November and December: Traditionally, these months are very busy for many fund-raising programs. As there is more focus on current gifts at year-end for many programs, we find that some will prefer not to focus attention on bequests and deferred gifts at the end of the year. An exception might be made for early November just before the heaviest emphasis on year-end gifts. For those programs in which different persons are responsible for current and deferred gift communications, it can be particularly important to coordinate efforts at this time of the year.
The last two weeks of December are not usually good times to talk about estate planning. For many, this is the height of the holiday season and not a time that people wish to reflect upon their mortality.
This brings us full circle, back to January where we began. As we can see, an argument can be made that there are pros and cons to planned gift communications at just about any point in the year.
If you are charged with planning a periodic program featuring quarterly communications, by process of elimination you might decide that February and May are two of the best months. To round out an annual schedule you might add late August and early November to arrive at a quarterly schedule that would minimize the risk of communicating at the least opportune times.
Remember to review your institution’s overall communication schedule so as to avoid unintended multiple exposures through the mail, Internet, and other media.
Does one time fit all?
But why not just pick one time a year and expose the whole constituency at once? There are a number of reasons why this might not be wise.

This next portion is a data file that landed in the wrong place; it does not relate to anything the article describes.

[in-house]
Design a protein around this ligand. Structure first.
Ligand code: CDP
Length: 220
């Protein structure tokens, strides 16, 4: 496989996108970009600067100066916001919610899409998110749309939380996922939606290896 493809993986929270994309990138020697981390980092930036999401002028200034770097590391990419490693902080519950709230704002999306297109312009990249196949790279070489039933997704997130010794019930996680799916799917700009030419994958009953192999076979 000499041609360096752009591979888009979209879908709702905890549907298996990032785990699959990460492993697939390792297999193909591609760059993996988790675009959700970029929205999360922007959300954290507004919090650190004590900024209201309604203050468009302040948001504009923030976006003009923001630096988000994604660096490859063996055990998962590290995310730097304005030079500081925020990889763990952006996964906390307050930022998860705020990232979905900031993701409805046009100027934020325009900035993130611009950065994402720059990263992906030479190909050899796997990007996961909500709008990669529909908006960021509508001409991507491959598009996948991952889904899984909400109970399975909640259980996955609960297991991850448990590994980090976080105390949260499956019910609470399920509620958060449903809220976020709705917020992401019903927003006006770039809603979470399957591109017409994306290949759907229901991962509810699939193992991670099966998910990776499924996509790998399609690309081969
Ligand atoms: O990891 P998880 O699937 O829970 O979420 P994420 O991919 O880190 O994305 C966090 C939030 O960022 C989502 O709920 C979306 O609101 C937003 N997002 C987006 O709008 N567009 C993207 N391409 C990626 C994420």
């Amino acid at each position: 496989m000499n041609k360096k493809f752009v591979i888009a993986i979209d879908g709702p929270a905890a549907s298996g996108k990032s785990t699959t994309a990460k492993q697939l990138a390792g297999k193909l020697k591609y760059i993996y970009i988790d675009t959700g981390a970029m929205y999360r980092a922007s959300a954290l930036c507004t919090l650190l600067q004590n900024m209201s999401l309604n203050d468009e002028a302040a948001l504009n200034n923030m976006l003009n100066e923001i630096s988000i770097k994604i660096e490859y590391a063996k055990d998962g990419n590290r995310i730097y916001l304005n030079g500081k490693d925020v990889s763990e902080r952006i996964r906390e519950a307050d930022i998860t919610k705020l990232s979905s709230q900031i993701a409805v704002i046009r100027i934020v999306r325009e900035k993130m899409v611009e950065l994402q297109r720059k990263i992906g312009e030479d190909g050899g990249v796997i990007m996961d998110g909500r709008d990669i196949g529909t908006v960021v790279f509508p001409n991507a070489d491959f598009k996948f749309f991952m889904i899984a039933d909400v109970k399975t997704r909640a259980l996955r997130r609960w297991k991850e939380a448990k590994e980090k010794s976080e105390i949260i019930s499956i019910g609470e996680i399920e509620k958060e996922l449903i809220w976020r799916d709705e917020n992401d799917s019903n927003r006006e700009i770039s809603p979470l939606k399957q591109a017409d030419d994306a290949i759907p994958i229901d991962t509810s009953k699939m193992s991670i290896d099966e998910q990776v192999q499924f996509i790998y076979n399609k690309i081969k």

First, there are different types of people within your constituency who will respond to different messages. In the area of bequests, for example, some need to learn more about the importance of making a will in the first place. Others, who may be more sophisticated in their planning, need to be reminded of the importance of keeping their wills up to date. Still others have up-to-date plans but need more motivation to include charitable dispositions they may not have previously considered for any number of reasons. And some need practical guidance about the basic steps to take in choosing and contacting an attorney and guidelines for starting to make their plans.
Second, there are events occurring in people’s lives on a regular basis. As marriages, births, marital separations, and deaths occur over time, different people will be receptive to estate and gift planning information at different times. All evidence indicates that people make or review estate plans according to their own schedules, based on events in their own lives. Therefore, a lower-key but very consistent message is preferable to a big splash once a year.
Third, with limited staff time, it may be wise to “spread out” communications. This gives maximum time to use available resources to follow up with those who are interested while taking care of other important duties.
Importance of continuity
Given a choice, therefore, between exposing an entire constituency of 20,000 persons once per year or reaching a group of 5,000 older, long-term donors quarterly, many experienced professionals will choose the latter course of action. Budgetary considerations are very similar, but periodic programs have proven to be very effective over the years for many who are actively involved in gift planning efforts.
As stated at the outset, there is no right or wrong way to approach the subject of timing, but we trust the thoughts shared here will be useful as a starting point in your planning process.
Note: Learn more about how best to communicate with your constituents in one of Sharpe’s popular seminars. Visit www.sharpenet.com/seminars for more information.